4. "I'll Be There"
Third Album, 1970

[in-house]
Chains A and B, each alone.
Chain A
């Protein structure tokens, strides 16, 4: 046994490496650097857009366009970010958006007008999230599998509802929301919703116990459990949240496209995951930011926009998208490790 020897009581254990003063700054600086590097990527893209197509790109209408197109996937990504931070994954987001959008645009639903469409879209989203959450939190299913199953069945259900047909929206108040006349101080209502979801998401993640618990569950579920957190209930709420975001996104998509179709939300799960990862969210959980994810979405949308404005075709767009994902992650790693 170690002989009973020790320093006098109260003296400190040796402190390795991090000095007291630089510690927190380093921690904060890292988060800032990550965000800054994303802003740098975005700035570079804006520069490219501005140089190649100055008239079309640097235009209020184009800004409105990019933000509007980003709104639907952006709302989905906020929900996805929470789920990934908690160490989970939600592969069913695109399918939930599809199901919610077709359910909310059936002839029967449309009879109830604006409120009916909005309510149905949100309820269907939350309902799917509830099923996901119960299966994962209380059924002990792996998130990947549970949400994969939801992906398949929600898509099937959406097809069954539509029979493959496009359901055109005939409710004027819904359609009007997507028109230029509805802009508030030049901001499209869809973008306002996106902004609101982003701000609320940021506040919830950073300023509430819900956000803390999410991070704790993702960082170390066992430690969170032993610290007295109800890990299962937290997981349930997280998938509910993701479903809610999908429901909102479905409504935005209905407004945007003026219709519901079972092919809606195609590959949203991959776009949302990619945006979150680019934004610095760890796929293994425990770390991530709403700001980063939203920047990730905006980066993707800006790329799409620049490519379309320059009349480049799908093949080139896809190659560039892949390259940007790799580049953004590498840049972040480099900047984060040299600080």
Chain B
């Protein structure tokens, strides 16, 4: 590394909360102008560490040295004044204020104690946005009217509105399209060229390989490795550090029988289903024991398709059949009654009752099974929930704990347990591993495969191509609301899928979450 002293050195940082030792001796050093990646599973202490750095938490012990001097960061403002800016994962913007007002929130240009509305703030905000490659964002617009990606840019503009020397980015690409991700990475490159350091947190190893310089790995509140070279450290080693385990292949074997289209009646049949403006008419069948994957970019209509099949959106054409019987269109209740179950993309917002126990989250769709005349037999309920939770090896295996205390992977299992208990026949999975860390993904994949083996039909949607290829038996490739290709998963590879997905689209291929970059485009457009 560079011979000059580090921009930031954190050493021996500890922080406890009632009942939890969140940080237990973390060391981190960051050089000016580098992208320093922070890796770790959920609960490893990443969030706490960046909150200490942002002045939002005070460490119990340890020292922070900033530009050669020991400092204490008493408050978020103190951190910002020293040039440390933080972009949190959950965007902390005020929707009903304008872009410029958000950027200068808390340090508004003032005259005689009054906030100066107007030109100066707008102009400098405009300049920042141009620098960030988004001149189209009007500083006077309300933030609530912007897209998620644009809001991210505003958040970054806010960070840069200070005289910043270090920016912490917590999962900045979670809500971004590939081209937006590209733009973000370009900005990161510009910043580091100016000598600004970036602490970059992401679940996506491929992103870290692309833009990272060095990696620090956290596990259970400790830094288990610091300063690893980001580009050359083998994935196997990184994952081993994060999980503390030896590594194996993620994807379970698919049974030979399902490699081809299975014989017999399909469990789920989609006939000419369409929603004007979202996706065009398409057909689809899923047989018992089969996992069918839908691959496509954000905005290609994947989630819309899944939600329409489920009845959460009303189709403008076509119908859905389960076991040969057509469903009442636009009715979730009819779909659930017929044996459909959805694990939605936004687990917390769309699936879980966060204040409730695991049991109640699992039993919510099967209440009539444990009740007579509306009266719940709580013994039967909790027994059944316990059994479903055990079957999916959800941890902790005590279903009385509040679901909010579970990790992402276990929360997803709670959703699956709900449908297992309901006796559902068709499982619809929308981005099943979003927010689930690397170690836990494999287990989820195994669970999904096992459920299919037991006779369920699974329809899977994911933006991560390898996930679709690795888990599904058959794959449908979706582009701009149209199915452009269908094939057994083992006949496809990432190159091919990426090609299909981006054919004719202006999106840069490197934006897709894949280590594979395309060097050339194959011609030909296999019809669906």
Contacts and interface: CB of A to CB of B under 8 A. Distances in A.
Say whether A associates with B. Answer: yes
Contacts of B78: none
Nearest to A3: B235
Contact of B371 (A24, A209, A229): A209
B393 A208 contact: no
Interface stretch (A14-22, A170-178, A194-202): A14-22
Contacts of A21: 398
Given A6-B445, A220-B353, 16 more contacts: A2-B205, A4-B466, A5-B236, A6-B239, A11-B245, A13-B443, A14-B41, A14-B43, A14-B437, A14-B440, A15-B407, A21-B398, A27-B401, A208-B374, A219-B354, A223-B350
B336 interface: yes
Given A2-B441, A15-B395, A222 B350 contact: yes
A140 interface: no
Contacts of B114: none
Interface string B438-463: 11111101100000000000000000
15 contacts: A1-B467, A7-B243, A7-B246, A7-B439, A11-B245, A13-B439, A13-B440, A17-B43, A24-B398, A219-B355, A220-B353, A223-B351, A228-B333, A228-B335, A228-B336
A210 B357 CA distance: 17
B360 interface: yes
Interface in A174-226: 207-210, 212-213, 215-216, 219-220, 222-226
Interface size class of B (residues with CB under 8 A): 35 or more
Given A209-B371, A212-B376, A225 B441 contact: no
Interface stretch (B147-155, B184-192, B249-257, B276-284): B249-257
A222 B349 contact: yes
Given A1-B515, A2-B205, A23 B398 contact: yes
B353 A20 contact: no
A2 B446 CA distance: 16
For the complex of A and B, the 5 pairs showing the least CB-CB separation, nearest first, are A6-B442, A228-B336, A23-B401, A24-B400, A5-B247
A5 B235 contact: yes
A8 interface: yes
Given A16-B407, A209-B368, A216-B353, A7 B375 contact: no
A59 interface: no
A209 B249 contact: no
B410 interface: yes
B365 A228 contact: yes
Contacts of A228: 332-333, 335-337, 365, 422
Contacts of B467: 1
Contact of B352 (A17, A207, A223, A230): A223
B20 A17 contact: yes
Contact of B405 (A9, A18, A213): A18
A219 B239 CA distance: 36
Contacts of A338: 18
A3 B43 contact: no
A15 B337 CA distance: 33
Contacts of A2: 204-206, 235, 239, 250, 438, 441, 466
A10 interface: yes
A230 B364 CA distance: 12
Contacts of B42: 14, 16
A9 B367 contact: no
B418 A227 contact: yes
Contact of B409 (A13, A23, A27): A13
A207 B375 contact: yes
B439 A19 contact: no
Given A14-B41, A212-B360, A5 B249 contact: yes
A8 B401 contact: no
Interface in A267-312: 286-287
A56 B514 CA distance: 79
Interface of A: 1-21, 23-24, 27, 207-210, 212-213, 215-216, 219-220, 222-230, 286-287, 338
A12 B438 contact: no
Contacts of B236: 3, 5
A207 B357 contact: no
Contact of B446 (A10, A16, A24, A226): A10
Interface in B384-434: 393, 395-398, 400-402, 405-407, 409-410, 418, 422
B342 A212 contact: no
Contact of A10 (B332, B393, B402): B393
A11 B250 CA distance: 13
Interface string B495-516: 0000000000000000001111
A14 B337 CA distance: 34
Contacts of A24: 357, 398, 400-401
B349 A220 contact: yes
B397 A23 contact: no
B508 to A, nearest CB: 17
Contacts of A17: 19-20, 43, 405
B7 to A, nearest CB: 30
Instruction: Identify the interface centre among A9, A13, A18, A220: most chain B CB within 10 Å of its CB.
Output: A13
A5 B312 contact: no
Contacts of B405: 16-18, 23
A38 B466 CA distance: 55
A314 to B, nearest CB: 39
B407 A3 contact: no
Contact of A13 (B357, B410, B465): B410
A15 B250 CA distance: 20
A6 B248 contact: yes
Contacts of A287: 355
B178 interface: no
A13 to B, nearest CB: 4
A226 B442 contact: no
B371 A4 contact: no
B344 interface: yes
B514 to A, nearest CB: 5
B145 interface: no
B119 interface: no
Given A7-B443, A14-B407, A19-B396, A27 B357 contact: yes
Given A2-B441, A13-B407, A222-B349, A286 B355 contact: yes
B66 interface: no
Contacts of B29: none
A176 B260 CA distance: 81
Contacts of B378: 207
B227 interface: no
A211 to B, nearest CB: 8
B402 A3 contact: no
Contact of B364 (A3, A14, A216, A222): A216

"Just look over your shoulders, honey!" Jackson declares midway through "I'll Be There," misquoting another Motown hit, the Four Tops' "Reach Out I'll Be There." It's a telling mistake that somehow makes his performance even greater – still 11 years old when the song was recorded, he was singing about emotions he couldn't possibly have experienced, with the power and fire of a man who'd lived several lifetimes. Extensively rewritten from a demo by the recording's bassist, Bob West, with a vocal arrangement by Willie Hutch (later a star in his own right), "I'll Be There" also features Jermaine Jackson tearing it up on the bridge ("I'll be there to comfort you. . . . "). Their fourth consecutive Number One hit and Motown's bestselling single up to that point, "I'll Be There" showed that the Jackson 5's gifts ran much deeper than the giddy fun of their earlier hits, and revealed the gospel roots that anchored their art. In Moonwalk, Jackson called it "our real breakthrough song; it was the one that said, 'We're here to stay.' "